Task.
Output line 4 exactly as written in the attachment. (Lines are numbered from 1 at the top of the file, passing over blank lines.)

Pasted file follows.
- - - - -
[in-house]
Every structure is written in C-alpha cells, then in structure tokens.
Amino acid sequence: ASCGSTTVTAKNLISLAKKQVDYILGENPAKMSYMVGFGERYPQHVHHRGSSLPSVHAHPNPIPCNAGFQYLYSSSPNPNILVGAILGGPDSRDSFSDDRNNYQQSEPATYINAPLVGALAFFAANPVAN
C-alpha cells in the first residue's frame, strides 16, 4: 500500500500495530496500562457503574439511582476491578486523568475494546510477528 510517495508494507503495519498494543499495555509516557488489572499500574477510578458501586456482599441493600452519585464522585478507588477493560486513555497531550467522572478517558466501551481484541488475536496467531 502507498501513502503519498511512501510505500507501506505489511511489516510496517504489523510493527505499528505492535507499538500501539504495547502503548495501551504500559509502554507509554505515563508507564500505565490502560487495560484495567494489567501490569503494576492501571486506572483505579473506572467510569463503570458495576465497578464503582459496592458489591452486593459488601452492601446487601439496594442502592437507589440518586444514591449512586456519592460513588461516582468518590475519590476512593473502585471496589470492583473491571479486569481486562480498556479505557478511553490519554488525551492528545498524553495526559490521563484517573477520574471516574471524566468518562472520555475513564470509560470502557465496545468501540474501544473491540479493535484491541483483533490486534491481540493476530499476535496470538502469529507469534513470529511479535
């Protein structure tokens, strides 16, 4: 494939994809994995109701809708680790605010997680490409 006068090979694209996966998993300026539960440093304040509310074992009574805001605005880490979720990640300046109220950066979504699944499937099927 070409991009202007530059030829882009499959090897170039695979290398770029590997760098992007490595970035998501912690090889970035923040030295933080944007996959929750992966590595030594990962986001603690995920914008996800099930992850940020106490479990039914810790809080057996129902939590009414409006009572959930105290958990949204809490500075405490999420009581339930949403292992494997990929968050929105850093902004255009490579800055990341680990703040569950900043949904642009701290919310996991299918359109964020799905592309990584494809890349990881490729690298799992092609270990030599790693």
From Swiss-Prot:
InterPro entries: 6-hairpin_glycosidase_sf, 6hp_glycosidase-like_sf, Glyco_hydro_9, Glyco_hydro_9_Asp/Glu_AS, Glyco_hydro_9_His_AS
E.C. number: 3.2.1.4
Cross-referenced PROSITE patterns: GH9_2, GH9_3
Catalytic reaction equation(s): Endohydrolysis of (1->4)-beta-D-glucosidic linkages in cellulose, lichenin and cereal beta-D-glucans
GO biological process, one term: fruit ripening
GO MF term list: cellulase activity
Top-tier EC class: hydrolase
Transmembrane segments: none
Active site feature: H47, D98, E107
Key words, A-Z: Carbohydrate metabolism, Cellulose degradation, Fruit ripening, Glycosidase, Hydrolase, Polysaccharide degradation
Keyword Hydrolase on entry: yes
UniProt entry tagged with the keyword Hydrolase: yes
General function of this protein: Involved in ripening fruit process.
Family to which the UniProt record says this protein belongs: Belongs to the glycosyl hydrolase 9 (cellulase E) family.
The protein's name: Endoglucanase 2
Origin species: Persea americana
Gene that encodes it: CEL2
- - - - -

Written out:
C-alpha cells in the first residue's frame, strides 16, 4: 500500500500495530496500562457503574439511582476491578486523568475494546510477528 510517495508494507503495519498494543499495555509516557488489572499500574477510578458501586456482599441493600452519585464522585478507588477493560486513555497531550467522572478517558466501551481484541488475536496467531 502507498501513502503519498511512501510505500507501506505489511511489516510496517504489523510493527505499528505492535507499538500501539504495547502503548495501551504500559509502554507509554505515563508507564500505565490502560487495560484495567494489567501490569503494576492501571486506572483505579473506572467510569463503570458495576465497578464503582459496592458489591452486593459488601452492601446487601439496594442502592437507589440518586444514591449512586456519592460513588461516582468518590475519590476512593473502585471496589470492583473491571479486569481486562480498556479505557478511553490519554488525551492528545498524553495526559490521563484517573477520574471516574471524566468518562472520555475513564470509560470502557465496545468501540474501544473491540479493535484491541483483533490486534491481540493476530499476535496470538502469529507469534513470529511479535